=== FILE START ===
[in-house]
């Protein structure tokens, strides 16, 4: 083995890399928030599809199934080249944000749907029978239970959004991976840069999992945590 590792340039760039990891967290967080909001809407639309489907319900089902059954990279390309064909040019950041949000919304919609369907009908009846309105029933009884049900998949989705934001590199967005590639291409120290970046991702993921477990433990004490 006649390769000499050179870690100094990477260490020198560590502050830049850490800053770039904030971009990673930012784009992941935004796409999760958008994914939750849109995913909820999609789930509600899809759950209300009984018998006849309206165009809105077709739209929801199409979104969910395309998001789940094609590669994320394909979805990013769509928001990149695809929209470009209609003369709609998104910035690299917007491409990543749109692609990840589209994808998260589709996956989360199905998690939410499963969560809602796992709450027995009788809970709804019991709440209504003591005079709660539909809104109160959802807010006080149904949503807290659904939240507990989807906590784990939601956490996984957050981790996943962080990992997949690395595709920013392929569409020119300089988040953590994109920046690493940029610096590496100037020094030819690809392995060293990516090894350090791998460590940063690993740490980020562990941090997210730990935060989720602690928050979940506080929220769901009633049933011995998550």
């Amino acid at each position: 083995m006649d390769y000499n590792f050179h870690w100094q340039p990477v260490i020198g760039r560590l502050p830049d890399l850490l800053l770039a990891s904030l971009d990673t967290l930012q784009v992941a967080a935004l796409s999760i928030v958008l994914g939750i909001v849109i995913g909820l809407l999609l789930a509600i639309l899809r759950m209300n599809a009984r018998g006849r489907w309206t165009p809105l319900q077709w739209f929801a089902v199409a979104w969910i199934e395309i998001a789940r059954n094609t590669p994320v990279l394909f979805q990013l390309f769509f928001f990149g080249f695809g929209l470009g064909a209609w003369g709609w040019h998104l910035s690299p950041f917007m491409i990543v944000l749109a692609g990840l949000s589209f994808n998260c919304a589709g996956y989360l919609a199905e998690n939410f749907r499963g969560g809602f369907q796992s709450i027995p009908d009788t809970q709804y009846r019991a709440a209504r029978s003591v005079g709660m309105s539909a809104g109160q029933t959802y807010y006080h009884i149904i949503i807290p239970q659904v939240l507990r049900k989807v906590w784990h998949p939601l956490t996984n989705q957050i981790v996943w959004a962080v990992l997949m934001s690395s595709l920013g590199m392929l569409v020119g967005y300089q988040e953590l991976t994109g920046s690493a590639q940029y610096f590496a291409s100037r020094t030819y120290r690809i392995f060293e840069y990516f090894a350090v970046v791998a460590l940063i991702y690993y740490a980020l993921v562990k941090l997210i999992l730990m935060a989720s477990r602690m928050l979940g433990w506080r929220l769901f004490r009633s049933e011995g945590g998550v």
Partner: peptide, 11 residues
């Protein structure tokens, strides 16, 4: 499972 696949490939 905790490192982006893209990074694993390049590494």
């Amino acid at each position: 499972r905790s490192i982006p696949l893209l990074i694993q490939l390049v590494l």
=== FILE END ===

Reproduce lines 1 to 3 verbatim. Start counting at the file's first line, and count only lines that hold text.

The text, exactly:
[in-house]
């Protein structure tokens, strides 16, 4: 083995890399928030599809199934080249944000749907029978239970959004991976840069999992945590 590792340039760039990891967290967080909001809407639309489907319900089902059954990279390309064909040019950041949000919304919609369907009908009846309105029933009884049900998949989705934001590199967005590639291409120290970046991702993921477990433990004490 006649390769000499050179870690100094990477260490020198560590502050830049850490800053770039904030971009990673930012784009992941935004796409999760958008994914939750849109995913909820999609789930509600899809759950209300009984018998006849309206165009809105077709739209929801199409979104969910395309998001789940094609590669994320394909979805990013769509928001990149695809929209470009209609003369709609998104910035690299917007491409990543749109692609990840589209994808998260589709996956989360199905998690939410499963969560809602796992709450027995009788809970709804019991709440209504003591005079709660539909809104109160959802807010006080149904949503807290659904939240507990989807906590784990939601956490996984957050981790996943962080990992997949690395595709920013392929569409020119300089988040953590994109920046690493940029610096590496100037020094030819690809392995060293990516090894350090791998460590940063690993740490980020562990941090997210730990935060989720602690928050979940506080929220769901009633049933011995998550």
């Amino acid at each position: 083995m006649d390769y000499n590792f050179h870690w100094q340039p990477v260490i020198g760039r560590l502050p830049d890399l850490l800053l770039a990891s904030l971009d990673t967290l930012q784009v992941a967080a935004l796409s999760i928030v958008l994914g939750i909001v849109i995913g909820l809407l999609l789930a509600i639309l899809r759950m209300n599809a009984r018998g006849r489907w309206t165009p809105l319900q077709w739209f929801a089902v199409a979104w969910i199934e395309i998001a789940r059954n094609t590669p994320v990279l394909f979805q990013l390309f769509f928001f990149g080249f695809g929209l470009g064909a209609w003369g709609w040019h998104l910035s690299p950041f917007m491409i990543v944000l749109a692609g990840l949000s589209f994808n998260c919304a589709g996956y989360l919609a199905e998690n939410f749907r499963g969560g809602f369907q796992s709450i027995p009908d009788t809970q709804y009846r019991a709440a209504r029978s003591v005079g709660m309105s539909a809104g109160q029933t959802y807010y006080h009884i149904i949503i807290p239970q659904v939240l507990r049900k989807v906590w784990h998949p939601l956490t996984n989705q957050i981790v996943w959004a962080v990992l997949m934001s690395s595709l920013g590199m392929l569409v020119g967005y300089q988040e953590l991976t994109g920046s690493a590639q940029y610096f590496a291409s100037r020094t030819y120290r690809i392995f060293e840069y990516f090894a350090v970046v791998a460590l940063i991702y690993y740490a980020l993921v562990k941090l997210i999992l730990m935060a989720s477990r602690m928050l979940g433990w506080r929220l769901f004490r009633s049933e011995g945590g998550v």